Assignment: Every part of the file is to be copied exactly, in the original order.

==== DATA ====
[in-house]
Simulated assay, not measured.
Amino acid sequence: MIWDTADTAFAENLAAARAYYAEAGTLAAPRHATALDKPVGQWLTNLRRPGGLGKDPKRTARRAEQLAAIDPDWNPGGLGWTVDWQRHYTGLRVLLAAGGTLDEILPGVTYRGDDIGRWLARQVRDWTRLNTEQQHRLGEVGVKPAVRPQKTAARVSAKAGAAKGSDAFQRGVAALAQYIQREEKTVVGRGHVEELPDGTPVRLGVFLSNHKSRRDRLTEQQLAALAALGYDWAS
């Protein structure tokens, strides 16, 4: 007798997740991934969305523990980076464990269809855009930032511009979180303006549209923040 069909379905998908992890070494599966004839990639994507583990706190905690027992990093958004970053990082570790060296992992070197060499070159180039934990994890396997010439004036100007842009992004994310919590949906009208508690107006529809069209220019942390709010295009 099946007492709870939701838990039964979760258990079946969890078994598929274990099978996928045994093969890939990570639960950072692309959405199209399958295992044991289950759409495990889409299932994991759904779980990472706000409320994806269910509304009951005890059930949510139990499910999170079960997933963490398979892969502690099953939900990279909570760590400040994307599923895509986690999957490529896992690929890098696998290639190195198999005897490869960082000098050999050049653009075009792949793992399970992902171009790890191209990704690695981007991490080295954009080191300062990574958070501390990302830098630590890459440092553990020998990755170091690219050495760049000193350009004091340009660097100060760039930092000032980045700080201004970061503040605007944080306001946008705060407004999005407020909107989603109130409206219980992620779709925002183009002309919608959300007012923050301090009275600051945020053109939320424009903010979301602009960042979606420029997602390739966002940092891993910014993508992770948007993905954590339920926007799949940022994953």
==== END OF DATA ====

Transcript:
[in-house]
Simulated assay, not measured.
Amino acid sequence: MIWDTADTAFAENLAAARAYYAEAGTLAAPRHATALDKPVGQWLTNLRRPGGLGKDPKRTARRAEQLAAIDPDWNPGGLGWTVDWQRHYTGLRVLLAAGGTLDEILPGVTYRGDDIGRWLARQVRDWTRLNTEQQHRLGEVGVKPAVRPQKTAARVSAKAGAAKGSDAFQRGVAALAQYIQREEKTVVGRGHVEELPDGTPVRLGVFLSNHKSRRDRLTEQQLAALAALGYDWAS
């Protein structure tokens, strides 16, 4: 007798997740991934969305523990980076464990269809855009930032511009979180303006549209923040 069909379905998908992890070494599966004839990639994507583990706190905690027992990093958004970053990082570790060296992992070197060499070159180039934990994890396997010439004036100007842009992004994310919590949906009208508690107006529809069209220019942390709010295009 099946007492709870939701838990039964979760258990079946969890078994598929274990099978996928045994093969890939990570639960950072692309959405199209399958295992044991289950759409495990889409299932994991759904779980990472706000409320994806269910509304009951005890059930949510139990499910999170079960997933963490398979892969502690099953939900990279909570760590400040994307599923895509986690999957490529896992690929890098696998290639190195198999005897490869960082000098050999050049653009075009792949793992399970992902171009790890191209990704690695981007991490080295954009080191300062990574958070501390990302830098630590890459440092553990020998990755170091690219050495760049000193350009004091340009660097100060760039930092000032980045700080201004970061503040605007944080306001946008705060407004999005407020909107989603109130409206219980992620779709925002183009002309919608959300007012923050301090009275600051945020053109939320424009903010979301602009960042979606420029997602390739966002940092891993910014993508992770948007993905954590339920926007799949940022994953």